What people with sickle cell disease need to know about COVID-19
(HealthDay)—People with sickle cell disease are at increased risk for severe complications from COVID-19, an expert says.
"Many patients experience a pain crisis, also known as a vaso-occlusive crisis, early in COVID-19 infection before respiratory symptoms develop," said Dr. Jennie Hart, clinical director of pediatric hematology/oncology at Herman and Walter Samuelson Children's Hospital at Sinai in Baltimore.
COVID-19 can cause severe inflammation and lung injury. And that can have a greater impact on people with sickle cell disease, a group of inherited red blood cell disorders, Hart said.
People with the disease, which most commonly affects Black people, have misshapen red cells that can get stuck and clog blood flow, inhibiting oxygen delivery, damaging blood vessels and causing inflammation.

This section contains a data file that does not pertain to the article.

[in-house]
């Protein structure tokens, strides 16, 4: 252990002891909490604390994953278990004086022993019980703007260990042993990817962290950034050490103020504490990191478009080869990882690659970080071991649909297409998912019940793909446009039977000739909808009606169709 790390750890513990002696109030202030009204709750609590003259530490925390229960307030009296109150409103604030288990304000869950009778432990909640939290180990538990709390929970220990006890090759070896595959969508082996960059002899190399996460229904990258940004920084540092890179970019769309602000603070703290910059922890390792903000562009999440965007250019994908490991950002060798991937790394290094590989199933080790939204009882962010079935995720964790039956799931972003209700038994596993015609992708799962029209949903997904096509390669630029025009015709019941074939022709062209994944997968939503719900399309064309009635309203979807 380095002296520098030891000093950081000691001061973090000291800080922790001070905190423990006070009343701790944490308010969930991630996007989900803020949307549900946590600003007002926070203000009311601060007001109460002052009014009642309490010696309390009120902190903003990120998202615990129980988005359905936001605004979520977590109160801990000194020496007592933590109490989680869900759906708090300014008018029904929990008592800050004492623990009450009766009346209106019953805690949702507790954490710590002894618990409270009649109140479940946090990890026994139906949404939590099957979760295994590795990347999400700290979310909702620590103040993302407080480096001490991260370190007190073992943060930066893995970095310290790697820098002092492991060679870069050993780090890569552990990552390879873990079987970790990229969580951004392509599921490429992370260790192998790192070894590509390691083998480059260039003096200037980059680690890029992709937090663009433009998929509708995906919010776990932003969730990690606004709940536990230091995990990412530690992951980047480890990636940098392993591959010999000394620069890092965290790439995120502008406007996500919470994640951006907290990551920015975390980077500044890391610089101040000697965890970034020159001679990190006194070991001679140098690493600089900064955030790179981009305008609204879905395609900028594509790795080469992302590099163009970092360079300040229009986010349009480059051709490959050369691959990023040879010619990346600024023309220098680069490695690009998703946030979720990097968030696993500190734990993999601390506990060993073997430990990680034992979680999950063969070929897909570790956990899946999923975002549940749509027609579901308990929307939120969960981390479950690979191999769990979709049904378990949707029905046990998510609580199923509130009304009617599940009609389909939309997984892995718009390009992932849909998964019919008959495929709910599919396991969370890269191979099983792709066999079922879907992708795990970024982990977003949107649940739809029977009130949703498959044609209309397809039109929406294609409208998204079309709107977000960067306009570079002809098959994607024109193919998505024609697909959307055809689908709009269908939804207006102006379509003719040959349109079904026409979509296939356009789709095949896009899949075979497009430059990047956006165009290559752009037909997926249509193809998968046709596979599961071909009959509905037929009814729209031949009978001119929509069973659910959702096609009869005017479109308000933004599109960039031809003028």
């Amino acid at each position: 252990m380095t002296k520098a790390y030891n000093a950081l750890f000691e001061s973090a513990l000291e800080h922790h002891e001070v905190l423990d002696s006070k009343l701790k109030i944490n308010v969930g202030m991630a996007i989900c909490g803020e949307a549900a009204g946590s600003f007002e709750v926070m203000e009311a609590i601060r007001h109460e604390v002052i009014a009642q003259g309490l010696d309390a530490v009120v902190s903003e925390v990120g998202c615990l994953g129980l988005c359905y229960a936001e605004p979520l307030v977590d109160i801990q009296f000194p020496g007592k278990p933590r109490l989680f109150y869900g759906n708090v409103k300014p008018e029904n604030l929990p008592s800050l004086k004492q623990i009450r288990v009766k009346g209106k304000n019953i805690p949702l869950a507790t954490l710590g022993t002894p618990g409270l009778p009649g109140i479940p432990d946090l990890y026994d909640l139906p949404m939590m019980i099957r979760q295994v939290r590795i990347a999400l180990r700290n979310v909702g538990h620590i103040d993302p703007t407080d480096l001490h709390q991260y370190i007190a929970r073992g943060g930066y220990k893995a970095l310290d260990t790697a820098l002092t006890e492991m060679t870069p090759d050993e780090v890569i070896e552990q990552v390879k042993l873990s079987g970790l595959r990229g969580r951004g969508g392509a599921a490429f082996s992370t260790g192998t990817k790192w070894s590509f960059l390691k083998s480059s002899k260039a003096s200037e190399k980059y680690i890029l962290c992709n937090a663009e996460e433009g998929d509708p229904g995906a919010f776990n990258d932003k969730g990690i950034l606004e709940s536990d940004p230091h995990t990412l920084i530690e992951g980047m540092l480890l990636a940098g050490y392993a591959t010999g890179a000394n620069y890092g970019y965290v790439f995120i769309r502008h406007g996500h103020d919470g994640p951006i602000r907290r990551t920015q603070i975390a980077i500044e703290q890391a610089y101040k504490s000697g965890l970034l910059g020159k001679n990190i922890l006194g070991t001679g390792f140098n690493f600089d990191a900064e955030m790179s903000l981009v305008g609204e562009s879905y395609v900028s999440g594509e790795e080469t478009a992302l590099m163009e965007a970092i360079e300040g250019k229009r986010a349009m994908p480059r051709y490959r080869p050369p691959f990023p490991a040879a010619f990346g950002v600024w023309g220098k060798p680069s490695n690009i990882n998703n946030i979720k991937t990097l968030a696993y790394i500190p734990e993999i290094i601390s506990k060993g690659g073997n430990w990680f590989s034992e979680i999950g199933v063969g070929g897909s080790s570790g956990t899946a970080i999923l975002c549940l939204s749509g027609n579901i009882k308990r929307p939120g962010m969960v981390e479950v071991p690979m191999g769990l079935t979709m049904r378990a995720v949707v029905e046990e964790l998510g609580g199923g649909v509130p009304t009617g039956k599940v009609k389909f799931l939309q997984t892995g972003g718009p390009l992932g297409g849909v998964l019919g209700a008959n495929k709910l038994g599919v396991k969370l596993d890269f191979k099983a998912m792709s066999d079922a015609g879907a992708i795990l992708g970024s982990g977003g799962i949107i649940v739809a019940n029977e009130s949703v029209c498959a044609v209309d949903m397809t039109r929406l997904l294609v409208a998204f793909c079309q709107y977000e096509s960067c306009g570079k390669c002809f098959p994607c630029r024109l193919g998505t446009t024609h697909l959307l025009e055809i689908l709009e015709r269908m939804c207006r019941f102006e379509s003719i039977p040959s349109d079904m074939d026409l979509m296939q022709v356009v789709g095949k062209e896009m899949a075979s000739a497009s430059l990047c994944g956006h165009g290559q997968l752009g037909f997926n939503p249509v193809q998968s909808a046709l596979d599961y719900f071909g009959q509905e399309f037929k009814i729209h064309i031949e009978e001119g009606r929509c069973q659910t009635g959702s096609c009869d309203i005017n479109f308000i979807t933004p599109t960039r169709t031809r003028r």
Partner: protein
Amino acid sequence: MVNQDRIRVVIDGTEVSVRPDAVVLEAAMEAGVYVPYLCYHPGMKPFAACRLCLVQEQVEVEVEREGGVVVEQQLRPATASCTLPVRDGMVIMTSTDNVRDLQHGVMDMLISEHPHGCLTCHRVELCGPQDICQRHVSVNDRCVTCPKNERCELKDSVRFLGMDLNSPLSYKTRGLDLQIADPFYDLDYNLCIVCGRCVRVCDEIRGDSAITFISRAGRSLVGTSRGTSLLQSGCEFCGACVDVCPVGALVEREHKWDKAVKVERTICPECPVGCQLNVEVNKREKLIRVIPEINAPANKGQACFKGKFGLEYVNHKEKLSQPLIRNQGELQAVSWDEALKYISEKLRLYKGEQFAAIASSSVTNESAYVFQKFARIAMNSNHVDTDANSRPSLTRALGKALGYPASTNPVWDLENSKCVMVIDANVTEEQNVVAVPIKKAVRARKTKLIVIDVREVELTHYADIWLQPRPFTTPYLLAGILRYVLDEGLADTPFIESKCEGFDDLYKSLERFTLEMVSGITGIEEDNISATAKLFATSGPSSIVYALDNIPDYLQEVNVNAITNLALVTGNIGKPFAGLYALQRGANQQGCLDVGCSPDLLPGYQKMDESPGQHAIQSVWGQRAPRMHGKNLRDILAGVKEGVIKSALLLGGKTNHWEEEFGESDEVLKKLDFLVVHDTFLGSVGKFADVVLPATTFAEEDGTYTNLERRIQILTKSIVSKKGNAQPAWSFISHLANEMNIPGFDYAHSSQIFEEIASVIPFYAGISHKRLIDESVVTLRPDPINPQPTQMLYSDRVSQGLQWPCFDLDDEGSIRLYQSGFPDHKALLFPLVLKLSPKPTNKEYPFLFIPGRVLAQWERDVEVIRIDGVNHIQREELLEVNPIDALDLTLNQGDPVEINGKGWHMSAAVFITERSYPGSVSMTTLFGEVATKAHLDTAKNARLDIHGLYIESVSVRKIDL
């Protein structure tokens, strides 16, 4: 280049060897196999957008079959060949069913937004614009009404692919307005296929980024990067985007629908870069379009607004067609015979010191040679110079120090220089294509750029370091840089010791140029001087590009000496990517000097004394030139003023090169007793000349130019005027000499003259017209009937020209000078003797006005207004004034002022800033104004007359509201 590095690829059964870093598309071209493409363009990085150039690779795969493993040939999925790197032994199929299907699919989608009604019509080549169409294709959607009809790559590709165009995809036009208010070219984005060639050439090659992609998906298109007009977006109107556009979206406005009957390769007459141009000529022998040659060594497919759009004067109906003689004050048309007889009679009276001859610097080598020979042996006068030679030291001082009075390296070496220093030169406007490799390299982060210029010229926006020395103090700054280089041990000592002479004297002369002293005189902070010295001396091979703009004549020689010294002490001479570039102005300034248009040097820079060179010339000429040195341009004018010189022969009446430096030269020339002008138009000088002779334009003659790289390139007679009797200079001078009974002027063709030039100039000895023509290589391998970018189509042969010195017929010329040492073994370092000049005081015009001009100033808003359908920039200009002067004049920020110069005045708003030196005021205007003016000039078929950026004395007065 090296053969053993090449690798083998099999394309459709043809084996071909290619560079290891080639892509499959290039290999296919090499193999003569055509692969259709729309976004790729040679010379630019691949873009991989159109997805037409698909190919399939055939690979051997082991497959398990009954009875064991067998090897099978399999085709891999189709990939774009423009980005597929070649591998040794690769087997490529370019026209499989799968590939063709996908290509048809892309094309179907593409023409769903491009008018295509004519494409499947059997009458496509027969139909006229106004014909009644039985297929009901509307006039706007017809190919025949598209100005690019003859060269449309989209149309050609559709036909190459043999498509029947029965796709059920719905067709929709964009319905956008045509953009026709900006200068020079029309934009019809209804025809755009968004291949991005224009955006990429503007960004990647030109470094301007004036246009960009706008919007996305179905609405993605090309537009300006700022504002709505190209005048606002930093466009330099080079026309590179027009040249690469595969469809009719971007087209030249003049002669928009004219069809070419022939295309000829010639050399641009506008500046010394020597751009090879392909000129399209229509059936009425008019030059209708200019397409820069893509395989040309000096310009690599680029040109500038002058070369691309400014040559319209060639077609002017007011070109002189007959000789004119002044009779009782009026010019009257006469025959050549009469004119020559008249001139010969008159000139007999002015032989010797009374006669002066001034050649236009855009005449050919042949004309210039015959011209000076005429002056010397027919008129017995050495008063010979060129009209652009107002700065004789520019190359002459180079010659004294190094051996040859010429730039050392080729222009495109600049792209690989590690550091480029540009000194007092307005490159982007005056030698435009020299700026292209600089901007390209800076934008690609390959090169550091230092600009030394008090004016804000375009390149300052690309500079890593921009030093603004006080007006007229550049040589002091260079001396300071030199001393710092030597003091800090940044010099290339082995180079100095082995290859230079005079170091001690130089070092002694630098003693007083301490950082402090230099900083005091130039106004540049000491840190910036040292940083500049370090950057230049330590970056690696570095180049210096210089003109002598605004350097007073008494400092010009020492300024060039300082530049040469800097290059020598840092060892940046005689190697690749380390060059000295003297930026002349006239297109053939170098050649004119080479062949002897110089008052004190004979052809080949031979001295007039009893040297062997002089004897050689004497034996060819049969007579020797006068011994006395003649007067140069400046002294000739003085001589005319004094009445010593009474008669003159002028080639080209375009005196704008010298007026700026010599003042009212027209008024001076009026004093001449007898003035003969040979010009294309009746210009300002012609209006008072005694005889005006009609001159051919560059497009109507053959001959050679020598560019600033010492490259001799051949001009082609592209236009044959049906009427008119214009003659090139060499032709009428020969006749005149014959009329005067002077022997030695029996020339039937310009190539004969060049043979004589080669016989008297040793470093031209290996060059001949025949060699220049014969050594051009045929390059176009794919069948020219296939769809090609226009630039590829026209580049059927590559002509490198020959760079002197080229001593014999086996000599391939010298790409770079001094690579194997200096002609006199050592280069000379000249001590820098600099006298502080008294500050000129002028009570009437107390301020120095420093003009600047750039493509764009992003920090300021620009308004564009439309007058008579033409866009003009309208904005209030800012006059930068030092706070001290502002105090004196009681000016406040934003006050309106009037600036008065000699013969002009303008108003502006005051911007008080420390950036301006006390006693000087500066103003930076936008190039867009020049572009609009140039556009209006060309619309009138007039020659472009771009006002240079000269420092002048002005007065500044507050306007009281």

Some conditions—including respiratory infections such as COVID-19—increase formation of sickle-shaped cells, because infections in the lungs lead to lower oxygen levels and worse inflammation.
"This increase in sickled red blood cells makes patients with sickle cell disease and COVID-19 infection particularly vulnerable to developing acute chest syndrome, a rapid and deadly lung injury," Hart said in a news release.
People with sickle cell disease should stay home unless travel is essential, according to the Sickle Cell Disease Association of America.
"Patients who can work from home are strongly encouraged to do so. Your physician can provide a letter to your employer," Hart said. Social distancing is a must, she added.
If you have sickle cell disease, call your doctor immediately if you develop a fever or chest pain, have difficulty breathing, or are experiencing a pain crisis, she advised.
Take all your medications as prescribed, especially if you're taking hydroxyurea, which reduces certain complications from sickle cell disease, she added.
Stay well hydrated, wash your hands often and avoid close contact with people who have symptoms of a respiratory infection, Hart said.
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